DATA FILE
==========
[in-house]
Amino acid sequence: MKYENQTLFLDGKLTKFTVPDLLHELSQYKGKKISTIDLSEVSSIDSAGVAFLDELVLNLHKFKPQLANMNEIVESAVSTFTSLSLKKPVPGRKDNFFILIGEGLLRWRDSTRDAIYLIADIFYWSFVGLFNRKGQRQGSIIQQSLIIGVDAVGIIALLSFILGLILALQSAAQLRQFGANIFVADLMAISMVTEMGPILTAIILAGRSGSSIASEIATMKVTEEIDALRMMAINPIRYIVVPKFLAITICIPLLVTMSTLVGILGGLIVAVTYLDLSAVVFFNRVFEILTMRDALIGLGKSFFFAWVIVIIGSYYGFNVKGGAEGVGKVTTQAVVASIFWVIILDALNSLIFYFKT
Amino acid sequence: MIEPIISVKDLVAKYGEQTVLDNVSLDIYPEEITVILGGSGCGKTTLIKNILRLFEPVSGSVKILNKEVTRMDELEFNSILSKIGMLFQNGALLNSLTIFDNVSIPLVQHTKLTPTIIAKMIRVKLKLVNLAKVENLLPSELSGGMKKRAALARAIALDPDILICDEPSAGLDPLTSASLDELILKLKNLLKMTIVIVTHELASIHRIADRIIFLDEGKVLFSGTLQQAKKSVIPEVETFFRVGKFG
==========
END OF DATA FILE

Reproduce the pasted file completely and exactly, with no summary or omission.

[in-house]
Amino acid sequence: MKYENQTLFLDGKLTKFTVPDLLHELSQYKGKKISTIDLSEVSSIDSAGVAFLDELVLNLHKFKPQLANMNEIVESAVSTFTSLSLKKPVPGRKDNFFILIGEGLLRWRDSTRDAIYLIADIFYWSFVGLFNRKGQRQGSIIQQSLIIGVDAVGIIALLSFILGLILALQSAAQLRQFGANIFVADLMAISMVTEMGPILTAIILAGRSGSSIASEIATMKVTEEIDALRMMAINPIRYIVVPKFLAITICIPLLVTMSTLVGILGGLIVAVTYLDLSAVVFFNRVFEILTMRDALIGLGKSFFFAWVIVIIGSYYGFNVKGGAEGVGKVTTQAVVASIFWVIILDALNSLIFYFKT
Amino acid sequence: MIEPIISVKDLVAKYGEQTVLDNVSLDIYPEEITVILGGSGCGKTTLIKNILRLFEPVSGSVKILNKEVTRMDELEFNSILSKIGMLFQNGALLNSLTIFDNVSIPLVQHTKLTPTIIAKMIRVKLKLVNLAKVENLLPSELSGGMKKRAALARAIALDPDILICDEPSAGLDPLTSASLDELILKLKNLLKMTIVIVTHELASIHRIADRIIFLDEGKVLFSGTLQQAKKSVIPEVETFFRVGKFG